A shattered South Africa cracks down on social media. As protests continue to rock various cities in South Africa, Tawanda Karombo reports on the government’s move to monitor social platforms, with the aim of rooting out those it believes are inciting protests or sharing fake news.
Human waste is an unexpected ally in cities. In 2018, Kenyan scientists were able to prevent a major polio outbreak by studying stool samples from sewage in Nairobi’s slums. Verah Okeyo reports on how similar samples are helping scientists affordably assess antibiotic resistance.
Charting 5G projections
Sub-Saharan Africa is expected to see the lowest adoption of 5G mobile phone technology of all regions over the next five years, according to a new report by Ericsson, the Swedish networking and telecommunications company.
Currently, less than 1% of mobile phone connections in the region are on 5G, and this number is not expected to grow this year. The report says the next five years will only see 5G adoption reach 7%. Only a handful of African countries have launched or piloted commercial 5G networks so far. Carlos Mureithi explains why.
AIfluence, the Kenyan adtech platform, has raised $1 million in seed funding to accelerate the expansion of its AI-powered marketing platform across Africa, the Middle East, and Asia. The round was led by EQ2 Ventures, with participation from Antler East Africa, OUI Capital, and ArabyAds.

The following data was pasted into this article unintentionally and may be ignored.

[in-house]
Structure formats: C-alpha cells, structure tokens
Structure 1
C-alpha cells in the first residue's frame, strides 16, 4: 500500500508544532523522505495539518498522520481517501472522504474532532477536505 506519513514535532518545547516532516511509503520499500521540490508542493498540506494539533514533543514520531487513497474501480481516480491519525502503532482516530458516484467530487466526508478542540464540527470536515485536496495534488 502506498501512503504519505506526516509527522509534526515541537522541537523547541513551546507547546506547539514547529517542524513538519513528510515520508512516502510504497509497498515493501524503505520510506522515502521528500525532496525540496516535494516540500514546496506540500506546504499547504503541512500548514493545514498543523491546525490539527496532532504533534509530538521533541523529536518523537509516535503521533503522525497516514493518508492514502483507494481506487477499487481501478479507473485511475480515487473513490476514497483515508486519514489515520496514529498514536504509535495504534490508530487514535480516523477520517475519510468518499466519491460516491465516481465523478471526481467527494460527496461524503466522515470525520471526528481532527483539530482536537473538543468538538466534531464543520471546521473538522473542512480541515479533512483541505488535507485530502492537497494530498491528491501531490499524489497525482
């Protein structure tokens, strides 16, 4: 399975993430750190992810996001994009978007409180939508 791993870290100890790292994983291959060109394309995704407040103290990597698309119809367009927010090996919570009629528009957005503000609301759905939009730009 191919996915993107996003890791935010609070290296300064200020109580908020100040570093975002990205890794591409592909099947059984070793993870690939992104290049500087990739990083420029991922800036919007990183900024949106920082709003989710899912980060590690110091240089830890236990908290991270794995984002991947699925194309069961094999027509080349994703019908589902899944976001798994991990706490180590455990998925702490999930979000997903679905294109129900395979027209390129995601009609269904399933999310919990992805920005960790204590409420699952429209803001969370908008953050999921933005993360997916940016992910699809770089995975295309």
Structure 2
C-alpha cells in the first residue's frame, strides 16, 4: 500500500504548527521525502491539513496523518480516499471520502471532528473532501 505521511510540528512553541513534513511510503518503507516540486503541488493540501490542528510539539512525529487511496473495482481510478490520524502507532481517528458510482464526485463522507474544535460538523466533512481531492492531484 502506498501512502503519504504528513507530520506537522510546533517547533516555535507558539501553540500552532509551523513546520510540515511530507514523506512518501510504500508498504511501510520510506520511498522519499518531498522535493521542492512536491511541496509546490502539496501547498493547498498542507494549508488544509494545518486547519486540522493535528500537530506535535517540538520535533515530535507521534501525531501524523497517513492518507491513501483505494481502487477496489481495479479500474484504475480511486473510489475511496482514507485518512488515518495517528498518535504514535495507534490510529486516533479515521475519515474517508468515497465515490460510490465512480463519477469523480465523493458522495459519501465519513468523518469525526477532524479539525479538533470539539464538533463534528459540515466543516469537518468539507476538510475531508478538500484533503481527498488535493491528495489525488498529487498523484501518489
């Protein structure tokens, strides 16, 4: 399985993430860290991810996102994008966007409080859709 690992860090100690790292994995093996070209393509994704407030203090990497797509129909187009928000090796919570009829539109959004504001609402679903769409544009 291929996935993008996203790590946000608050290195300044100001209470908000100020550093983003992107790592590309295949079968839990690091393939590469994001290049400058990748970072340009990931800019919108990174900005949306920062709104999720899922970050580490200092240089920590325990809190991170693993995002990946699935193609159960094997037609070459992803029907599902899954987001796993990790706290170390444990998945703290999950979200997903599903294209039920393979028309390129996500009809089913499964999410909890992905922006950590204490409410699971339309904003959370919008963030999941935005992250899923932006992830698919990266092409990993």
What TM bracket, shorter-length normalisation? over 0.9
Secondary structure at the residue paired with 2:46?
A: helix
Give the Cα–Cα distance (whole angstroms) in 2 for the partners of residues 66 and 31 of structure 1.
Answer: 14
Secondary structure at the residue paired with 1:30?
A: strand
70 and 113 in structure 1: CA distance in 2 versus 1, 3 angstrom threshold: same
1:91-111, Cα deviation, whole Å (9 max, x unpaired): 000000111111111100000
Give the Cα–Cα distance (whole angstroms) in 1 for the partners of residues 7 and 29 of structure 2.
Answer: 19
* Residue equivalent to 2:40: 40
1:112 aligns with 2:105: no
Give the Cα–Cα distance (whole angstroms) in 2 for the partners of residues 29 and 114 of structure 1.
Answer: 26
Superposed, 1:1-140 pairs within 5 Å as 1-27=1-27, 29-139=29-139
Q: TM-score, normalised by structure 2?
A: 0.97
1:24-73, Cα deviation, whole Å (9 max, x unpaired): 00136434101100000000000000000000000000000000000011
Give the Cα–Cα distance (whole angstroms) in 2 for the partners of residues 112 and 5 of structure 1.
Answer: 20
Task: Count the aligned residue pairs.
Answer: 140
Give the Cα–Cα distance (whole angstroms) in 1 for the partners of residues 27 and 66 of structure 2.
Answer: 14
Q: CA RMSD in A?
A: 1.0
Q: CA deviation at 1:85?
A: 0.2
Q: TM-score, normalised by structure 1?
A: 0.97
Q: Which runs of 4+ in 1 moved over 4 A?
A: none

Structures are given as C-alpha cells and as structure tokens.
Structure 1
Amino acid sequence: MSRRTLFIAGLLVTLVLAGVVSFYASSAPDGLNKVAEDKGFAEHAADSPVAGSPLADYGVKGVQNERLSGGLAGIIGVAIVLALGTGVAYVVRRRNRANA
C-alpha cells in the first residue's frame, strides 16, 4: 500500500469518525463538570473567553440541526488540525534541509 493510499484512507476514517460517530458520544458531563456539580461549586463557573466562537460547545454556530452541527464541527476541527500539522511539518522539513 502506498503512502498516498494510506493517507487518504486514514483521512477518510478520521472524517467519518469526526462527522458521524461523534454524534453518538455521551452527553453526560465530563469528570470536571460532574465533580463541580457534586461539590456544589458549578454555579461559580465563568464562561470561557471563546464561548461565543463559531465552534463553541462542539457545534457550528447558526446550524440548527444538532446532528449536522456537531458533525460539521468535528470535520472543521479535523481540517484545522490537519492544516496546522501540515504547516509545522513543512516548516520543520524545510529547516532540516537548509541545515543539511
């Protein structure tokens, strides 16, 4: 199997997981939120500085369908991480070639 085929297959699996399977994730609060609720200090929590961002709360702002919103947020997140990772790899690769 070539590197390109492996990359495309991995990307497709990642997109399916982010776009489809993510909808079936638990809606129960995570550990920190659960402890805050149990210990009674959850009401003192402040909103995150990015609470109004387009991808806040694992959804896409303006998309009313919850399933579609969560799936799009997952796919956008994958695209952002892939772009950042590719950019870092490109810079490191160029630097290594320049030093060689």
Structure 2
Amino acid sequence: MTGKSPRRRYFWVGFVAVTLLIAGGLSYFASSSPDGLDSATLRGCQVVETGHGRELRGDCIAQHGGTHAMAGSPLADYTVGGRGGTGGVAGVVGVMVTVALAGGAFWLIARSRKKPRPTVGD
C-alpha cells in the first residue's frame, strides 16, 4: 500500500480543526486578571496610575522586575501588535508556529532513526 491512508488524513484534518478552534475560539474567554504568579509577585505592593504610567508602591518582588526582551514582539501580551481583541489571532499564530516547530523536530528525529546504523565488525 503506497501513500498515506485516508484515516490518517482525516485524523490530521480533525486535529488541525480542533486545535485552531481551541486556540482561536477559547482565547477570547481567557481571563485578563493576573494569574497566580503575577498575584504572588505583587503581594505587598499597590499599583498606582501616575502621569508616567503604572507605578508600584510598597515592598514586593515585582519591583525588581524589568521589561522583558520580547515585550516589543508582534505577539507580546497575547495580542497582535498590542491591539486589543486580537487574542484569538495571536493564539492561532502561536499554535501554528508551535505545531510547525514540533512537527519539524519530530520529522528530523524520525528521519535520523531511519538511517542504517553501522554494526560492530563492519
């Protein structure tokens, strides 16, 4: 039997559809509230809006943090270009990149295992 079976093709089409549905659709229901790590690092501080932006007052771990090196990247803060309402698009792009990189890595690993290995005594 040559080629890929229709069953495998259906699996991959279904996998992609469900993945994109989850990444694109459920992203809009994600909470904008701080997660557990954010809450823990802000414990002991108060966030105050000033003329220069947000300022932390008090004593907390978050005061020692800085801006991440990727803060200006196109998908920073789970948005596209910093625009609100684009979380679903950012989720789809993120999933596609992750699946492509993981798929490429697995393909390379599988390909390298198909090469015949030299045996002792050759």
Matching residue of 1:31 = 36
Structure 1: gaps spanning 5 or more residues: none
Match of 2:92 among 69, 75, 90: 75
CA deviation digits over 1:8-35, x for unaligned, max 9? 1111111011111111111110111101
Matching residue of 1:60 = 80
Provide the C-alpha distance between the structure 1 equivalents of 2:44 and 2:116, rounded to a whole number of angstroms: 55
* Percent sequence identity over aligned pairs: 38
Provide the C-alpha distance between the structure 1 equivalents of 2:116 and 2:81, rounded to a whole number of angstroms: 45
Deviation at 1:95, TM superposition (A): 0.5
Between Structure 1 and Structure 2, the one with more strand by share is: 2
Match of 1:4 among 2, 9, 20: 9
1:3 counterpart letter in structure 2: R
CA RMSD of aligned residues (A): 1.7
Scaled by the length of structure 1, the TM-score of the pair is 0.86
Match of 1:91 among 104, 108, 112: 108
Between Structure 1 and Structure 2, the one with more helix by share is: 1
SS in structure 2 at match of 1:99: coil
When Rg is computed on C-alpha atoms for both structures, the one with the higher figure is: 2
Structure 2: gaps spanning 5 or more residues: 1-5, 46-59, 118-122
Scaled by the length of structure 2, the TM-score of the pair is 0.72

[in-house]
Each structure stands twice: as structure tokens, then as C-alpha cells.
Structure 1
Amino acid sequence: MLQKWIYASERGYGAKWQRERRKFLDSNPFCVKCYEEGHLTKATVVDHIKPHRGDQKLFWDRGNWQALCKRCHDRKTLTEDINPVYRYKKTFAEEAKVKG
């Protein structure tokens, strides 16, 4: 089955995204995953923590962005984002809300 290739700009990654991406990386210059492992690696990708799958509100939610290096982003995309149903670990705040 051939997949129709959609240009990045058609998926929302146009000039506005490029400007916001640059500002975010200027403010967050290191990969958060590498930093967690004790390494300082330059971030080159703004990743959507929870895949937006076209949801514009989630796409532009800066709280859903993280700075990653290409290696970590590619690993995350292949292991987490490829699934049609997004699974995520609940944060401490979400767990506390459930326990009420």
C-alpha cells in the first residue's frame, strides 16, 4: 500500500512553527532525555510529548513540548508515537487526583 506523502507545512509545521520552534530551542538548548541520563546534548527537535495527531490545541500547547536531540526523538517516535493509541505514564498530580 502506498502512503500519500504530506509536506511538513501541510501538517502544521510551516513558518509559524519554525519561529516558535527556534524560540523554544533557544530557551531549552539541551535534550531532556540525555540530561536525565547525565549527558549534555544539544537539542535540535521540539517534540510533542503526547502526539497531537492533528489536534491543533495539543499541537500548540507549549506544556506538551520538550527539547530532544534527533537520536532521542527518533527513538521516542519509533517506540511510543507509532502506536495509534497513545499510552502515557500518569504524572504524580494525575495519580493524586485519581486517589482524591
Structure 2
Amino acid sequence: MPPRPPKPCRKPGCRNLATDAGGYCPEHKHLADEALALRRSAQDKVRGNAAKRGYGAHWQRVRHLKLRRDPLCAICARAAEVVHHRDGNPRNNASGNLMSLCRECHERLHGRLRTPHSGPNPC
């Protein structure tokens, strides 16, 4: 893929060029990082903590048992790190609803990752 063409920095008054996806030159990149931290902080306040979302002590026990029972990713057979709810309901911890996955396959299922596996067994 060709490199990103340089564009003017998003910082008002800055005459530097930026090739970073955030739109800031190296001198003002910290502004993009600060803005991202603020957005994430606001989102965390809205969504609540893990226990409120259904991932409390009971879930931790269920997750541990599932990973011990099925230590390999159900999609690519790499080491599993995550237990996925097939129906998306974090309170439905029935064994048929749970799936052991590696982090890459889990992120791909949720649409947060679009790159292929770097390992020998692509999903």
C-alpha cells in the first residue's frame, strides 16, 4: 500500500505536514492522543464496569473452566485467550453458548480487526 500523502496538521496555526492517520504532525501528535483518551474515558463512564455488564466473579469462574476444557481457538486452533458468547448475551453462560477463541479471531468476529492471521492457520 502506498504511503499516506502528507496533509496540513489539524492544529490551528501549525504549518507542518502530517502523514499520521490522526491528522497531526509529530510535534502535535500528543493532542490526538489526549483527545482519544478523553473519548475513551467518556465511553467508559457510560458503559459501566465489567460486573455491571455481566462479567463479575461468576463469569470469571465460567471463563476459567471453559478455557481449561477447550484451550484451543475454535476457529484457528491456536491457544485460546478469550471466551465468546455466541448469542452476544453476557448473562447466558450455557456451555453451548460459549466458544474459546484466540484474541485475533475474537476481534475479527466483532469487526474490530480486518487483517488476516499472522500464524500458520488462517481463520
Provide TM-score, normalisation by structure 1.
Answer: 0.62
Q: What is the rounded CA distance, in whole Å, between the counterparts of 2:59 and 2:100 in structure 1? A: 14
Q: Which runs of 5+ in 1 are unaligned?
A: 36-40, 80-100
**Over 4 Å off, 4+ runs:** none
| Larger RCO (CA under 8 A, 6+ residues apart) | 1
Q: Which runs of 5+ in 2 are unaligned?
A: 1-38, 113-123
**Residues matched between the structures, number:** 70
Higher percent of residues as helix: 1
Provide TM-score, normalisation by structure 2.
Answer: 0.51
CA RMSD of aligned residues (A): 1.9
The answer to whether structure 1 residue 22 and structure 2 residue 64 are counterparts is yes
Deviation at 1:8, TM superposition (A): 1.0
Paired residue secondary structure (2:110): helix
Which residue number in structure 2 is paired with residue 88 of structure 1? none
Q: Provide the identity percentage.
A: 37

GetEquity, a Nigerian fundraising and venture portfolio management company, has secured six figures in pre-seed funding. The round was led by GreenHouse Capital, as the startup launches its first product: a venture-funding platform that democratizes access to startup funding while acting as a conduit between investors and founders.
Yodawy, an Egyptian e-health startup, has raised a $7.5 million Series B funding round to aid its expansion into new markets and increase its product offerings. Middle East Venture Partners, Global Ventures, and Algebra Ventures led the round, with participation from CVentures, P1 Ventures, and Athaal Angel Investors Group.
The billion-dollar question
Which model works best in African e-commerce: B2B or B2C?
While 90% of sales in many parts of sub-Saharan Africa take place through informal channels—such as retail stores, markets, kiosks, tabletop sellers and street hawkers—e-commerce companies are finding that reaching the end customer is much more difficult than serving aggregators. Carlos Mureithi reports on how they are pivoting as a result.
FINA, the global ruling body for competitive swimming, has told a company named Soul Cap that its headwear for swimmers with voluminous hair—including Afros, dreadlocks, and weaves—will not be permitted in any competitions FINA recognizes, including the upcoming Olympics. Soul Cap’s headwear, the ruling said, did not follow “the natural form of the head.” Samanth Subramanian explores what the ruling means against the backdrop of swimming’s history of racism.
Sign up for Need to Know: Tokyo Olympics, Quartz’s pop-up guide to the Games, with highlights, histories, and surprising discoveries.